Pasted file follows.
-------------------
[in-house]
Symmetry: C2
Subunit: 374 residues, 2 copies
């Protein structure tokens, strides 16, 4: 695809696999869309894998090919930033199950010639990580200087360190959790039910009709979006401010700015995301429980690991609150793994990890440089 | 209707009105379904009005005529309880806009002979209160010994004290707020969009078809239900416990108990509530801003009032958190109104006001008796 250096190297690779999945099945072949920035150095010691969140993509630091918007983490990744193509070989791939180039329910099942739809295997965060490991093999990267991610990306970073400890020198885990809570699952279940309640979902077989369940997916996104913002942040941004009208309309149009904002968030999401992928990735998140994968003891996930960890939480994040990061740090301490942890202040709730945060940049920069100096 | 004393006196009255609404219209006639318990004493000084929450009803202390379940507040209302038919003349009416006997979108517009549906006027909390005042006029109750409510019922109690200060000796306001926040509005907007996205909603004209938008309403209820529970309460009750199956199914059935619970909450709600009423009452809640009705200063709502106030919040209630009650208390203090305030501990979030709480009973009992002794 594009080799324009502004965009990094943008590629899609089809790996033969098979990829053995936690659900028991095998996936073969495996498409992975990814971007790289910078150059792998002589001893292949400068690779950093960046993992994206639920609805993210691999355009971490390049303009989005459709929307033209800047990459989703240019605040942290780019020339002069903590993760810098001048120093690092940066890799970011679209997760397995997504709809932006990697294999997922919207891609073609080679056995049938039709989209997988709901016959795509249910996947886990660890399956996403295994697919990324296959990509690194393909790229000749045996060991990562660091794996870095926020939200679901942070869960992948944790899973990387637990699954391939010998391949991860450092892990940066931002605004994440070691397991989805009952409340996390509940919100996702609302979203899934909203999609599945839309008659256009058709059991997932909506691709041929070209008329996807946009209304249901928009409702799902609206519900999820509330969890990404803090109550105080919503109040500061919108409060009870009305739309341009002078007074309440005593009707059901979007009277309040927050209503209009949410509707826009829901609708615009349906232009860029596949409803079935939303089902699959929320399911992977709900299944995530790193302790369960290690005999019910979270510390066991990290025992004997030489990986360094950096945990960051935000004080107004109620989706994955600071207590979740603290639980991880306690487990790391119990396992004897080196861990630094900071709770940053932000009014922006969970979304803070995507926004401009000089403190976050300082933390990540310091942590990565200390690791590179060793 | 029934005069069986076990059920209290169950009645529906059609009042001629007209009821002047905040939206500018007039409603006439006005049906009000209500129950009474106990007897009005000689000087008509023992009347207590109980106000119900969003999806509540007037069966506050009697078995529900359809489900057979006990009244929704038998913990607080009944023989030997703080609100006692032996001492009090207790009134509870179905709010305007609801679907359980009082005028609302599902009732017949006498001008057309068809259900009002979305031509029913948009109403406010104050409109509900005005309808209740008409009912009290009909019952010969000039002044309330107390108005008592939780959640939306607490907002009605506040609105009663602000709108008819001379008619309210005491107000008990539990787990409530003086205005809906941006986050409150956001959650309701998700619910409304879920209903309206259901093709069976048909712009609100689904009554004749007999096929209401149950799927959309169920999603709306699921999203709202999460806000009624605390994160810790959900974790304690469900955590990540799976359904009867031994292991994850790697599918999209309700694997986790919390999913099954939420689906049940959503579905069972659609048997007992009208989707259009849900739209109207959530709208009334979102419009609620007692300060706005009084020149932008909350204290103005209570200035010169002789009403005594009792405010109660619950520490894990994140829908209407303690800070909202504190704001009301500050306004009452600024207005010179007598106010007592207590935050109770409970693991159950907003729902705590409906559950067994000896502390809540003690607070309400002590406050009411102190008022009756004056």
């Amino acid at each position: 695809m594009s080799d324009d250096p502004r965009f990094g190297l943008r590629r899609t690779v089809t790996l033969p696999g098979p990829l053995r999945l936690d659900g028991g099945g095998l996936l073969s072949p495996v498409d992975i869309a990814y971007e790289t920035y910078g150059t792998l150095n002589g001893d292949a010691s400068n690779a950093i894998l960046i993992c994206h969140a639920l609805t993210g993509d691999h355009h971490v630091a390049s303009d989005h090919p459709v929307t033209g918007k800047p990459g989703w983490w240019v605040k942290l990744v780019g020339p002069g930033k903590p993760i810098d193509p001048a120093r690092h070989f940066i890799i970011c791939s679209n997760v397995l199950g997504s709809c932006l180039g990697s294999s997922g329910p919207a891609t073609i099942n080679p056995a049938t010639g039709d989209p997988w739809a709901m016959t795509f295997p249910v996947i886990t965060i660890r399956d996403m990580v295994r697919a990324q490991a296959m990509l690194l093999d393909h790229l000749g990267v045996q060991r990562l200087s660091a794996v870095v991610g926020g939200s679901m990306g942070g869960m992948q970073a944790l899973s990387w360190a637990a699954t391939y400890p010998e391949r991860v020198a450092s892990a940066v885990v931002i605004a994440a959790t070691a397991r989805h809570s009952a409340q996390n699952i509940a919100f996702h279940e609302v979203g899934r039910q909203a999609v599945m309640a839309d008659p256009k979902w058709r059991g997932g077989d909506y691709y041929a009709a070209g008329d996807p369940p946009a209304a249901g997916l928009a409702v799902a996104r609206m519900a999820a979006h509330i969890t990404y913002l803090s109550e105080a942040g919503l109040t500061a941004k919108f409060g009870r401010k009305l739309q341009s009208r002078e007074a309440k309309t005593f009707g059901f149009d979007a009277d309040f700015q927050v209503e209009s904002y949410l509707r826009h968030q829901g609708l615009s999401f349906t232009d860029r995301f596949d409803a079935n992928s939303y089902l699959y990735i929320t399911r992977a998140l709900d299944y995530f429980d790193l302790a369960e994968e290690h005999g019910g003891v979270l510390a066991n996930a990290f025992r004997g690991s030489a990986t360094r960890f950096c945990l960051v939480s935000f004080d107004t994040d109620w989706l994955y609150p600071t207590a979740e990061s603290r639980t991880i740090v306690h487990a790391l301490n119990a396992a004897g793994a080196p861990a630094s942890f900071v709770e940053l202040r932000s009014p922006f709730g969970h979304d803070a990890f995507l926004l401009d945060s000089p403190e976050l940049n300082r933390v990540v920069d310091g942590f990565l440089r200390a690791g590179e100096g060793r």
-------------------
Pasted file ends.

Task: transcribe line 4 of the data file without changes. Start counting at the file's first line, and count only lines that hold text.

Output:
């Protein structure tokens, strides 16, 4: 695809696999869309894998090919930033199950010639990580200087360190959790039910009709979006401010700015995301429980690991609150793994990890440089 | 209707009105379904009005005529309880806009002979209160010994004290707020969009078809239900416990108990509530801003009032958190109104006001008796 250096190297690779999945099945072949920035150095010691969140993509630091918007983490990744193509070989791939180039329910099942739809295997965060490991093999990267991610990306970073400890020198885990809570699952279940309640979902077989369940997916996104913002942040941004009208309309149009904002968030999401992928990735998140994968003891996930960890939480994040990061740090301490942890202040709730945060940049920069100096 | 004393006196009255609404219209006639318990004493000084929450009803202390379940507040209302038919003349009416006997979108517009549906006027909390005042006029109750409510019922109690200060000796306001926040509005907007996205909603004209938008309403209820529970309460009750199956199914059935619970909450709600009423009452809640009705200063709502106030919040209630009650208390203090305030501990979030709480009973009992002794 594009080799324009502004965009990094943008590629899609089809790996033969098979990829053995936690659900028991095998996936073969495996498409992975990814971007790289910078150059792998002589001893292949400068690779950093960046993992994206639920609805993210691999355009971490390049303009989005459709929307033209800047990459989703240019605040942290780019020339002069903590993760810098001048120093690092940066890799970011679209997760397995997504709809932006990697294999997922919207891609073609080679056995049938039709989209997988709901016959795509249910996947886990660890399956996403295994697919990324296959990509690194393909790229000749045996060991990562660091794996870095926020939200679901942070869960992948944790899973990387637990699954391939010998391949991860450092892990940066931002605004994440070691397991989805009952409340996390509940919100996702609302979203899934909203999609599945839309008659256009058709059991997932909506691709041929070209008329996807946009209304249901928009409702799902609206519900999820509330969890990404803090109550105080919503109040500061919108409060009870009305739309341009002078007074309440005593009707059901979007009277309040927050209503209009949410509707826009829901609708615009349906232009860029596949409803079935939303089902699959929320399911992977709900299944995530790193302790369960290690005999019910979270510390066991990290025992004997030489990986360094950096945990960051935000004080107004109620989706994955600071207590979740603290639980991880306690487990790391119990396992004897080196861990630094900071709770940053932000009014922006969970979304803070995507926004401009000089403190976050300082933390990540310091942590990565200390690791590179060793 | 029934005069069986076990059920209290169950009645529906059609009042001629007209009821002047905040939206500018007039409603006439006005049906009000209500129950009474106990007897009005000689000087008509023992009347207590109980106000119900969003999806509540007037069966506050009697078995529900359809489900057979006990009244929704038998913990607080009944023989030997703080609100006692032996001492009090207790009134509870179905709010305007609801679907359980009082005028609302599902009732017949006498001008057309068809259900009002979305031509029913948009109403406010104050409109509900005005309808209740008409009912009290009909019952010969000039002044309330107390108005008592939780959640939306607490907002009605506040609105009663602000709108008819001379008619309210005491107000008990539990787990409530003086205005809906941006986050409150956001959650309701998700619910409304879920209903309206259901093709069976048909712009609100689904009554004749007999096929209401149950799927959309169920999603709306699921999203709202999460806000009624605390994160810790959900974790304690469900955590990540799976359904009867031994292991994850790697599918999209309700694997986790919390999913099954939420689906049940959503579905069972659609048997007992009208989707259009849900739209109207959530709208009334979102419009609620007692300060706005009084020149932008909350204290103005209570200035010169002789009403005594009792405010109660619950520490894990994140829908209407303690800070909202504190704001009301500050306004009452600024207005010179007598106010007592207590935050109770409970693991159950907003729902705590409906559950067994000896502390809540003690607070309400002590406050009411102190008022009756004056």